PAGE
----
The all-cause death/rehospitalization variable was reported by 4 studies [34, 51, 60, 63]. In all, 2,903 participants were enrolled in the telemonitoring and control groups consisting of 1,710 males and 1,193 females. In [34, 51, 60], the mean age range was between 62.7(12.5) and 73(10), while in [63], age values were given in median (interquartile range), i.e. 73 (62-84) - 74 (63-82). Three studies [34, 51, 63] had a good RoB rating. Patient severity in Angermann et.al. [51] and Ritchie et al. [60] was set to NYHA classes I-IV, and II-IV in Krum et al. [34] and Ong et al. [63]. Given the moderate heterogeneity (I2 = 59.81%), a random effect model was applied. The results of the synthesis did not significantly vary between the two arms (RR = 0.91; 95% CI (0.75, 1.11); p-value = 0.36).

  • Number of all cause hospitalization (secondary):

    The number of all cause hospitalization variables was reported by 8 studies [35, 36, 40, 49, 55, 57, 58, 64]. A total of 1,509 participants (males = 1,204, females = 305) within the age range of 52.3(13.7) - 73(8) in (mean (SD)) were enrolled in the study. Moreover, there was high heterogeneity in patient severity assessed across all studies. The RoB was split evenly between good and poor judgements, i.e. four good judgements [35, 57, 58, 64] and four poor judgements [36, 40, 49, 55] were recorded. Given the low heterogeneity (I2 = 24.98%) obtained from the pooled results, a fixed effect model was applied. The results of the synthesis were not significantly different between the intervention and control arms. (WMD = 0.06; 95% CI (-0.05, 0.17); p-value = 0.26).

  • Death from any cause (secondary):

    The death from any cause variable was reported by 15 studies [38, 39, 48, 49, 51,52,53,54, 57, 60, 61, 63, 65, 66] and was reported in n(%). The number of participants in this cohort totaled 6,974 (males = 4,558 females = 2,416), with age representations from 52.3(13.7) – 76(10) for all studies apart from Ong et al. [63], which recorded a median age of between 72-74 and (60 - 84) interquartile range. The NYHA classes were heterogeneous across all studies except for Härter et al. [38] and Koelling [39], which did not specify any SOI index. Majority of the studies (9) had a good RoB rating. Given the moderate heterogeneity (I2 = 53.16%), a random effect model was applied. The results were not significant (RR = 0.81; 95% CI (0.65, 1.01); p-value = 0.066).

3.4.4 Sensitivity analysis

All analyses carried out were for outcomes that were statistically significant and had more than two studies included in the pooled results. The sensitivity analysis was performed by leaving out one study at a time, and then evaluating the resulting effects. Analysis results are presented in Table 5. All Doi plots for the analyzed variables can be found in the supplementary documentation S4.

Table 5 Results of sensitivity analysis

The meanings of the symbols shown in Table 5 are given below:

  1. (a)


    1. 1.

      (=) - means that by removing a particular study, the significance (p value less than 0.05) is not lost.

    2. 2.

      (!=) - means that by removing a particular study, the significance (p value less than 0.05) is lost.

  2. (b)

    Pooled effect:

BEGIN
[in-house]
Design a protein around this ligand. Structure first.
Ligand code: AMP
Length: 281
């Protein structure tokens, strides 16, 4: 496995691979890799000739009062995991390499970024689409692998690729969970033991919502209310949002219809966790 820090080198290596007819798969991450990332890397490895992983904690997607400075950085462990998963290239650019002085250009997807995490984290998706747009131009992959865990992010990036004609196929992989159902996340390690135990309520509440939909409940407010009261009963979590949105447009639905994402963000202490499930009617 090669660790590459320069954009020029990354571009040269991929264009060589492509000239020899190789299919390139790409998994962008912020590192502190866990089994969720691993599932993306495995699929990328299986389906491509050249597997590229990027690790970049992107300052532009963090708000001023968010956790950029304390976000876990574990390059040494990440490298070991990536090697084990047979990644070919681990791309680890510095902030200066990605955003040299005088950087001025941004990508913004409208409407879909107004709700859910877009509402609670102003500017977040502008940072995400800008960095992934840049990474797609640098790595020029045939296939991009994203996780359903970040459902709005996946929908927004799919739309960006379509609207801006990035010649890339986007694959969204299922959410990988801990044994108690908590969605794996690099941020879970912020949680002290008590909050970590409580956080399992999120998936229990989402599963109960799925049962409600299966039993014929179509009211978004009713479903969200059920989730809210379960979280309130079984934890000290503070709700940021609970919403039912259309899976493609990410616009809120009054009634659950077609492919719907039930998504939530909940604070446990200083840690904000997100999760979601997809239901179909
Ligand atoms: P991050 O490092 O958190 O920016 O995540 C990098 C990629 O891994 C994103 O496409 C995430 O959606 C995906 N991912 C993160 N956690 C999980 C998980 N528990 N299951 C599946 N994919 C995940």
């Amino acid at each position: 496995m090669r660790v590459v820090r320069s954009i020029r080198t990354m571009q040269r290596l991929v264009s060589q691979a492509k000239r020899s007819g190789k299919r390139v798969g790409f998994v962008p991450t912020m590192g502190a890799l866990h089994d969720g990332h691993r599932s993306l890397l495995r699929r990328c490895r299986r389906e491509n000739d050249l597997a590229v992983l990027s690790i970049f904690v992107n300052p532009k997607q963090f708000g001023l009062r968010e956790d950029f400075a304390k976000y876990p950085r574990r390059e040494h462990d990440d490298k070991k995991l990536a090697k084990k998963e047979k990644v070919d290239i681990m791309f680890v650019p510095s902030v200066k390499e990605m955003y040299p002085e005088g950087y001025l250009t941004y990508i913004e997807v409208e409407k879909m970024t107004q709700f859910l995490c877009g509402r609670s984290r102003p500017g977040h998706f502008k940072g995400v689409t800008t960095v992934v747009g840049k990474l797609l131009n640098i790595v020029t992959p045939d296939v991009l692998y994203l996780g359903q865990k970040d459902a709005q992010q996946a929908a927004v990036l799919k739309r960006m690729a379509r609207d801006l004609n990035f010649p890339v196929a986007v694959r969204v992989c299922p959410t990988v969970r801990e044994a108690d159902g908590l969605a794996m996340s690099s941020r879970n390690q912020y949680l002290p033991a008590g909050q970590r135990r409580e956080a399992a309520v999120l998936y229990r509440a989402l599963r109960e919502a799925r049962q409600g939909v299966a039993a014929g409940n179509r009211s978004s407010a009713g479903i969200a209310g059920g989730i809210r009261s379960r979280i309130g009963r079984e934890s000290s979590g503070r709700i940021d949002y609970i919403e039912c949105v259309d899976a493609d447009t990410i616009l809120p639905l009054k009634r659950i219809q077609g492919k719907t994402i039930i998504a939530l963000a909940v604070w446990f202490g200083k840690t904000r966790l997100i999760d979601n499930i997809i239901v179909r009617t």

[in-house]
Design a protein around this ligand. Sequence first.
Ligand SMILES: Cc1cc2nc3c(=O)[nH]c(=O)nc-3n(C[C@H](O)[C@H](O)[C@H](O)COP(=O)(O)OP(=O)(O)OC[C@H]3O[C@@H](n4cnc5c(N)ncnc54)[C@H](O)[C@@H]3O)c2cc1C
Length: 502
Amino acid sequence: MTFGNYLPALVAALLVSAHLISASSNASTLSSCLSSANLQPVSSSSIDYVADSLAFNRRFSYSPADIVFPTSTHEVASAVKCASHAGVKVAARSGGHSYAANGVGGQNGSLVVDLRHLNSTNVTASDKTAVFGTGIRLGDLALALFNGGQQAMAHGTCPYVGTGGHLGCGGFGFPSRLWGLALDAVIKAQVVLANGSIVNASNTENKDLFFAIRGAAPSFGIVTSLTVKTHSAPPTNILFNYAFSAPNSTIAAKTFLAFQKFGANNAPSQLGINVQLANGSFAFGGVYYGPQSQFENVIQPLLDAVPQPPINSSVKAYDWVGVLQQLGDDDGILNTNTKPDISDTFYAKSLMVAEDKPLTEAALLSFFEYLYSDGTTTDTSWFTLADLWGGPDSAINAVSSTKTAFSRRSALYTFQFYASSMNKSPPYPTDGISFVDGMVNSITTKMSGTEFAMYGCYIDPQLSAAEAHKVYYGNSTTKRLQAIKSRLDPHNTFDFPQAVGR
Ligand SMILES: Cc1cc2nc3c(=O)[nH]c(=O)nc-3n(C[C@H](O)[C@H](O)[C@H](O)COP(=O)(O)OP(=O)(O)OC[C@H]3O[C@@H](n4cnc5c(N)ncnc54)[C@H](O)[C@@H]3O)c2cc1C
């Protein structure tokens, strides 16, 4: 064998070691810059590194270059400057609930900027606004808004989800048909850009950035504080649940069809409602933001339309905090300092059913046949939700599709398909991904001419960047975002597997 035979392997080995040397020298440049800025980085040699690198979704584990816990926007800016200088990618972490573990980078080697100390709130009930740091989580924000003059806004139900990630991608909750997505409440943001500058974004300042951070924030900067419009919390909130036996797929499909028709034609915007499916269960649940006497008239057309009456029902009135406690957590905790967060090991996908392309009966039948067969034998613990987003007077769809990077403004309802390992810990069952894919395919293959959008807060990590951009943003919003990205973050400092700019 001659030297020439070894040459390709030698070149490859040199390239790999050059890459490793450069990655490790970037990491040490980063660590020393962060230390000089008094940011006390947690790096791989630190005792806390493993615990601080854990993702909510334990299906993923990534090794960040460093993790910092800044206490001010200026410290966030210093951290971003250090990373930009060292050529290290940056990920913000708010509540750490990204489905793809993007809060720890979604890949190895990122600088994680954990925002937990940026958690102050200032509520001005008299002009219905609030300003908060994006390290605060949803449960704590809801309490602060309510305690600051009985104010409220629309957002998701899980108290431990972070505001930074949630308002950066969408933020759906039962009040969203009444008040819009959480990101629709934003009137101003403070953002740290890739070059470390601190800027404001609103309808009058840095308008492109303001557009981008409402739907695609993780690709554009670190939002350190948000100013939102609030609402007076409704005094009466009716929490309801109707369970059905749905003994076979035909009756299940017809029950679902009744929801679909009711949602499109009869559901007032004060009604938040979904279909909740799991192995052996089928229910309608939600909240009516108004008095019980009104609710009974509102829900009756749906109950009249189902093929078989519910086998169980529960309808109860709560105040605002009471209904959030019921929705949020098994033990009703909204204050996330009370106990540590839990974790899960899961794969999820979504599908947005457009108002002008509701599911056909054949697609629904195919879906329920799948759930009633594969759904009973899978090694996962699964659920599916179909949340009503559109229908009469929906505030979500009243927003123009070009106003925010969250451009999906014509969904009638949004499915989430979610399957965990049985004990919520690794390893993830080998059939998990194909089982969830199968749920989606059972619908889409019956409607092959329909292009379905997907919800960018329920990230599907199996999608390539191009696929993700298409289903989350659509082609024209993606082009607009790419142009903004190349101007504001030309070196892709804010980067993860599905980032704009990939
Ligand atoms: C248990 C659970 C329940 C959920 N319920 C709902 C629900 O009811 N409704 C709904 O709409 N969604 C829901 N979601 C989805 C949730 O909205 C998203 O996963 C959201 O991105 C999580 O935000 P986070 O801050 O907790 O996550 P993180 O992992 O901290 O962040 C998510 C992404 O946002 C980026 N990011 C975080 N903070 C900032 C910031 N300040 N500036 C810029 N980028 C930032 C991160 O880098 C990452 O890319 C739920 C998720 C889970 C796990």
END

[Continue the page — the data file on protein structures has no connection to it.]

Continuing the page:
1. 1.

      (=) - means that by removing a particular study, the pooled effect is the same (i.e., on the same side).

    2. 2.

      (!=) - means that by removing a particular study, the pooled effect is not the same, but now falls on the opposite side.

  3. (c)


    1. 1.

      (+) - means that by removing a particular study, the heterogeneity increases.

    2. 2.

      (-) - means that by removing a particular study, the heterogeneity decreases. Brain natriuretic peptide

For this variable, an LFK index of -3.15 was recorded from the Doi plot, signifying major asymmetry. On removing Seto et al. [49] and Domenichini et al. [40], and reviewing the results obtained, we found that the synthesis for BNP became insignificant. Heterogeneity was again found to decrease when [40] was removed. Removing the study from the synthesis also showed a loss in significance of the results. The pooled effect remained the same in all instances where each study was removed. We are of the opinion that some of the variations observed in this analysis could have been affected by the quality and non-uniformity in the baseline characteristics of some of the studies. Rehospitalization/hospitalization for HF

The LFK index obtained from the Doi plot for this variable was -6.38, reflecting major asymmetry of the results. Excluding Leibovici et al. [53] and Villani et al. [48] from the synthesis further reduced the heterogeneity in each instance. However, this behavior has little or no impact on the original results since heterogeneity is already low when all studies are taken into account. The variable under analysis remained statistically significant in all instances, and the pooled effect also remained the same. Six-minute walk test

For this analysis, the Doi plot exhibits minor asymmetry with an LFK index of 1.62. When Piotrowicz et al. [55] and Sherwood et al. [50] were removed, the synthesized outcome became statistically insignificant for the two instances. By removing Domenichini et al. [40] and reviewing the results obtained, we found that the heterogeneity as expressed by I2 decreased, while the significancy and pooled effect remained constant. This might have been due to quality issues with the study since three instances of high bias (blinding of participants and personnel, blinding of outcome assessment, other bias) resulted in a poor global outcome. The pooled effect remained the same for all studies removed. Cardiovascular death and/or HF hospitalization